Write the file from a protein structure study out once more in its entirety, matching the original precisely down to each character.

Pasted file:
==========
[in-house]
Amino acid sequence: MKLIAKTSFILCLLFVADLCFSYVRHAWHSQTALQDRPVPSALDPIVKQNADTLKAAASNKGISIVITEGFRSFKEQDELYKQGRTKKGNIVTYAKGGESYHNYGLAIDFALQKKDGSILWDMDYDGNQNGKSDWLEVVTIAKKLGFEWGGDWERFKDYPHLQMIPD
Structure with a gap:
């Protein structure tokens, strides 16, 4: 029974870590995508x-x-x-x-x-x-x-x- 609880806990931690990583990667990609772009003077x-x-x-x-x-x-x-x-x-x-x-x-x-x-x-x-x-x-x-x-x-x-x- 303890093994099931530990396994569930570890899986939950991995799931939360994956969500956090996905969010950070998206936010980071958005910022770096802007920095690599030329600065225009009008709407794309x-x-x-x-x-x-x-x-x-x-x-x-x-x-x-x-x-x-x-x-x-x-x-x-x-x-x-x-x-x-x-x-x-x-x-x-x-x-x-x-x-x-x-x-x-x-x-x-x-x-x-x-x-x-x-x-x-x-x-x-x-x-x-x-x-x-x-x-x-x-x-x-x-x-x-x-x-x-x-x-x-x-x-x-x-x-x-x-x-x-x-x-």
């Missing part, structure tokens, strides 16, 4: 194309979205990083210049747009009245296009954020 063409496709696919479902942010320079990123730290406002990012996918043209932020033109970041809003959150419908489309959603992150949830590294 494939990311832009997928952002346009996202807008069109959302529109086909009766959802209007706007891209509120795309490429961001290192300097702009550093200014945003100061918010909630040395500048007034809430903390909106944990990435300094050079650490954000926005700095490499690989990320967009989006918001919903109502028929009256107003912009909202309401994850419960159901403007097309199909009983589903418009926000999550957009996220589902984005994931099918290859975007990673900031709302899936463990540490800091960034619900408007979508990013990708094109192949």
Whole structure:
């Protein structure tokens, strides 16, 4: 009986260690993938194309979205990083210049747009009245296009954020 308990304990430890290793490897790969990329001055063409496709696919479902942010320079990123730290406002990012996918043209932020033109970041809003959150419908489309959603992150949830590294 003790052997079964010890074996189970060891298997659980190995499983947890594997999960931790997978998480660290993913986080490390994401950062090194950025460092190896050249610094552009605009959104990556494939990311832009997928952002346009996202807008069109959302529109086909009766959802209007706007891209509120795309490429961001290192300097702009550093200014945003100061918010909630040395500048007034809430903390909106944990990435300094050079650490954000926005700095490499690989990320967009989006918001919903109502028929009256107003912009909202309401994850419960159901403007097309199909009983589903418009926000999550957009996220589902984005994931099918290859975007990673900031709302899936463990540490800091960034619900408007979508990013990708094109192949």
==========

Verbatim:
[in-house]
Amino acid sequence: MKLIAKTSFILCLLFVADLCFSYVRHAWHSQTALQDRPVPSALDPIVKQNADTLKAAASNKGISIVITEGFRSFKEQDELYKQGRTKKGNIVTYAKGGESYHNYGLAIDFALQKKDGSILWDMDYDGNQNGKSDWLEVVTIAKKLGFEWGGDWERFKDYPHLQMIPD
Structure with a gap:
């Protein structure tokens, strides 16, 4: 029974870590995508x-x-x-x-x-x-x-x- 609880806990931690990583990667990609772009003077x-x-x-x-x-x-x-x-x-x-x-x-x-x-x-x-x-x-x-x-x-x-x- 303890093994099931530990396994569930570890899986939950991995799931939360994956969500956090996905969010950070998206936010980071958005910022770096802007920095690599030329600065225009009008709407794309x-x-x-x-x-x-x-x-x-x-x-x-x-x-x-x-x-x-x-x-x-x-x-x-x-x-x-x-x-x-x-x-x-x-x-x-x-x-x-x-x-x-x-x-x-x-x-x-x-x-x-x-x-x-x-x-x-x-x-x-x-x-x-x-x-x-x-x-x-x-x-x-x-x-x-x-x-x-x-x-x-x-x-x-x-x-x-x-x-x-x-x-």
């Missing part, structure tokens, strides 16, 4: 194309979205990083210049747009009245296009954020 063409496709696919479902942010320079990123730290406002990012996918043209932020033109970041809003959150419908489309959603992150949830590294 494939990311832009997928952002346009996202807008069109959302529109086909009766959802209007706007891209509120795309490429961001290192300097702009550093200014945003100061918010909630040395500048007034809430903390909106944990990435300094050079650490954000926005700095490499690989990320967009989006918001919903109502028929009256107003912009909202309401994850419960159901403007097309199909009983589903418009926000999550957009996220589902984005994931099918290859975007990673900031709302899936463990540490800091960034619900408007979508990013990708094109192949």
Whole structure:
């Protein structure tokens, strides 16, 4: 009986260690993938194309979205990083210049747009009245296009954020 308990304990430890290793490897790969990329001055063409496709696919479902942010320079990123730290406002990012996918043209932020033109970041809003959150419908489309959603992150949830590294 003790052997079964010890074996189970060891298997659980190995499983947890594997999960931790997978998480660290993913986080490390994401950062090194950025460092190896050249610094552009605009959104990556494939990311832009997928952002346009996202807008069109959302529109086909009766959802209007706007891209509120795309490429961001290192300097702009550093200014945003100061918010909630040395500048007034809430903390909106944990990435300094050079650490954000926005700095490499690989990320967009989006918001919903109502028929009256107003912009909202309401994850419960159901403007097309199909009983589903418009926000999550957009996220589902984005994931099918290859975007990673900031709302899936463990540490800091960034619900408007979508990013990708094109192949």